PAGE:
I just watched Trump, who by the time this column runs will no longer be president, climb aboard Air Force One for the last time and head for Florida, where he will be just another strange, loud, old, white man.

I don’t want to think about the possibility of him coming back to Washington. Not right now.

And I don’t want to write about his disastrous presidency, the people who enabled his reign of ineptitude and cruelty, those who were motivated by it to internalize horrible sentiments and a litany of lies. I don’t want to write about the lies.

I definitely don’t want to write about the insurrectionists, who are still being rounded up, or Trump’s raft of scummy pardons that dropped late Tuesday night.

I’m not ready to unpack the last four years, not ready to turn the page, not ready to forgive and forget all those people who got it wrong, are still getting it wrong.

What’s the worst that can happen? How about that stock market? Her emails! All lives matter!

It’s a new day, and I can feel it… sort of. But after four years of political and civil whiplash, part of me is still waiting for another shoe to drop.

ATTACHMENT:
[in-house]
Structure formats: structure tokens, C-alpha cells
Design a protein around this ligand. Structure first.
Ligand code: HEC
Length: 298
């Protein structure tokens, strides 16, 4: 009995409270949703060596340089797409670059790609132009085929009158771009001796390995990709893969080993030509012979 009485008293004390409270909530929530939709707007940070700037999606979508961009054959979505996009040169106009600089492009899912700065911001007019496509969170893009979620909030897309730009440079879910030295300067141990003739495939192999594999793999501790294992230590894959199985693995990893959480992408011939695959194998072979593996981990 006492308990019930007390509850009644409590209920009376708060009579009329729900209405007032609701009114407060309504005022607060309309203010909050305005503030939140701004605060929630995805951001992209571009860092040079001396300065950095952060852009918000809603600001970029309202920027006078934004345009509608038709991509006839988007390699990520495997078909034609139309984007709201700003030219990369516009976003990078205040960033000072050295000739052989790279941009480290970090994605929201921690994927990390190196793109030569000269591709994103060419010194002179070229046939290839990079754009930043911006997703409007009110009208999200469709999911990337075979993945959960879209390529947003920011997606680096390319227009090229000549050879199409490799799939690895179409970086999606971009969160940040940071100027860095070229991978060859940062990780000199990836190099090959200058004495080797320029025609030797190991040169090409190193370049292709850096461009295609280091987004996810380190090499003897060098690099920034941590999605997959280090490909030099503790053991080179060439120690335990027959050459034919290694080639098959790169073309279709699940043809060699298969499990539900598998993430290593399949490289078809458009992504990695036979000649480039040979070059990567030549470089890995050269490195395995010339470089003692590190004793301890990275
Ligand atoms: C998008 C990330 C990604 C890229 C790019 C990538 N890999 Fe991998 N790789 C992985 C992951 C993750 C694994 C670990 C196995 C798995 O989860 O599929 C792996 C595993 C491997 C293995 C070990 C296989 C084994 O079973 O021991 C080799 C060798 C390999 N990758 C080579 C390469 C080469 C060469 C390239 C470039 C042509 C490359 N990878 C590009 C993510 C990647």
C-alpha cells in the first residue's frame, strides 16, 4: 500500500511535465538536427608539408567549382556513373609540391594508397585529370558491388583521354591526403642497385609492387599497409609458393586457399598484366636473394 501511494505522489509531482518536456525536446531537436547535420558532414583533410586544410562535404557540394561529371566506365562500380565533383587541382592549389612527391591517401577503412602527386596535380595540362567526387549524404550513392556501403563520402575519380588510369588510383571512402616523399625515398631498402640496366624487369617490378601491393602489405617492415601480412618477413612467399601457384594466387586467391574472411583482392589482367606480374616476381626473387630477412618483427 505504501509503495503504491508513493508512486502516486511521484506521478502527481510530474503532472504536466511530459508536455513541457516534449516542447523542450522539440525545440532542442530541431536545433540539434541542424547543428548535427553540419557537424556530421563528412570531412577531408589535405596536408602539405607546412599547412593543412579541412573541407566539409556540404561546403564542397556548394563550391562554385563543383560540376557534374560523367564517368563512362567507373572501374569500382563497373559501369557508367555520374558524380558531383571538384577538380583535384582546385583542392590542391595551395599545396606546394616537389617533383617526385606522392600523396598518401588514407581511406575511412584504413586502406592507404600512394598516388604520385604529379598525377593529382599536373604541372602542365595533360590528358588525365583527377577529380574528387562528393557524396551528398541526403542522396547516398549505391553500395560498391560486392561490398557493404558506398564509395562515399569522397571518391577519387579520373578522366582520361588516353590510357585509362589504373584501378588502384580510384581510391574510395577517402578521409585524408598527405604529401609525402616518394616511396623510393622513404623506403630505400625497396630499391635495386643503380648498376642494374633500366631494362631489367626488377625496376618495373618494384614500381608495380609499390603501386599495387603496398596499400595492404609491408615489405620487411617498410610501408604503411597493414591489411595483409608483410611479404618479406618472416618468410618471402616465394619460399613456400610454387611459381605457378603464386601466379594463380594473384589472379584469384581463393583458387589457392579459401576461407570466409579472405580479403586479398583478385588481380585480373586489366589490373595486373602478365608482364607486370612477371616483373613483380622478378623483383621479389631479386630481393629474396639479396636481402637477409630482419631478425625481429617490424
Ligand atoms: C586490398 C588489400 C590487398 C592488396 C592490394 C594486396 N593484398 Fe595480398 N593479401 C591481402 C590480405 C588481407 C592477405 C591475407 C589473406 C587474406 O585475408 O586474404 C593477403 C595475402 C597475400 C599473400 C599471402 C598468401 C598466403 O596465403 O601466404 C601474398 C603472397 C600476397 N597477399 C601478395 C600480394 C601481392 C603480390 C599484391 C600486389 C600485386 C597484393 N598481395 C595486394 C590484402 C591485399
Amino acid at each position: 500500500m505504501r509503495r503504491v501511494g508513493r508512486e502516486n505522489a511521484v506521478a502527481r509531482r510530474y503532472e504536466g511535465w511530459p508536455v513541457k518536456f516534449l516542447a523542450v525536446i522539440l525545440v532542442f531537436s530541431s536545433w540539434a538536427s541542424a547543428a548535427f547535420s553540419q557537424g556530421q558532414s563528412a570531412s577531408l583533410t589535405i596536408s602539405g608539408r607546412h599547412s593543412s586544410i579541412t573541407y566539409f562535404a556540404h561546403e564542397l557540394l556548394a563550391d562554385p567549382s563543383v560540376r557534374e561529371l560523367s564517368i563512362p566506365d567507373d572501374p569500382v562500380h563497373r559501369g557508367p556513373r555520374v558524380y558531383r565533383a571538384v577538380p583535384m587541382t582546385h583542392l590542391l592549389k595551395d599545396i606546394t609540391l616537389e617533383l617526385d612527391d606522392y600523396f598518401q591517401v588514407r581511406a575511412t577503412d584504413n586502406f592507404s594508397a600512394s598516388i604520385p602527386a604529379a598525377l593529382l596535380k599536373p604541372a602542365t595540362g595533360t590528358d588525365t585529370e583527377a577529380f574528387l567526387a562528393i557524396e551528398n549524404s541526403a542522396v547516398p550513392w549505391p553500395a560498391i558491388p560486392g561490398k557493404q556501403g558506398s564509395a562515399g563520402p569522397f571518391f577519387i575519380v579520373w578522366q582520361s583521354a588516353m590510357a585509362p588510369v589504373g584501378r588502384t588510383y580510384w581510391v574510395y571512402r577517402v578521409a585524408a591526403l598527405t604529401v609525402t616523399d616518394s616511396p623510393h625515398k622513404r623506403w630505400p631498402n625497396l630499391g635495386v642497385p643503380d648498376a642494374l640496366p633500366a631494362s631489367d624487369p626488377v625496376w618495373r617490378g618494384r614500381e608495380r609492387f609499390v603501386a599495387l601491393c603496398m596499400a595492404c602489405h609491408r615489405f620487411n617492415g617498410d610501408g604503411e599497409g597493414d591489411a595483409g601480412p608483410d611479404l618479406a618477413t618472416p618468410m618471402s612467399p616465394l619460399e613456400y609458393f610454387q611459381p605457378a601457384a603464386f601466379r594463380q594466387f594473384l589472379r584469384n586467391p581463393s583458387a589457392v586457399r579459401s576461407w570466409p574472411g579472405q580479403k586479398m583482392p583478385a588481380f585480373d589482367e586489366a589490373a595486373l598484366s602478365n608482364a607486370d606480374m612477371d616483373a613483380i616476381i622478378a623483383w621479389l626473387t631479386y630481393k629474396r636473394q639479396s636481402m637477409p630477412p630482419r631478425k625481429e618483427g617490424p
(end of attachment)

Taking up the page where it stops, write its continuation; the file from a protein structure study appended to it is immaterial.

I don’t want to speculate on Trump’s nefarious plans. Nor do I want to explore the next phase of the impeachment process — the Senate trial, where they will decide if he is ever allowed to run for office in this country again. Likewise with the future of the Republican Party, which wears Trump around its neck like a gold-plated anchor that will sink until it hits bottom.

Not today.

When it comes to Trump, I’ve been right about pretty much everything: unprecedented abuse of power, armed fascists in the streets, suffering on a scale that hasn’t been seen in this country since the Great Depression.

But I don’t want to gloat.

It’s a new day. Looks that way, anyhow. And all I want to do after four years of Trump is to unclench. Exhale. Let my guard down, if even just for a moment.

We’ll be back to business soon enough.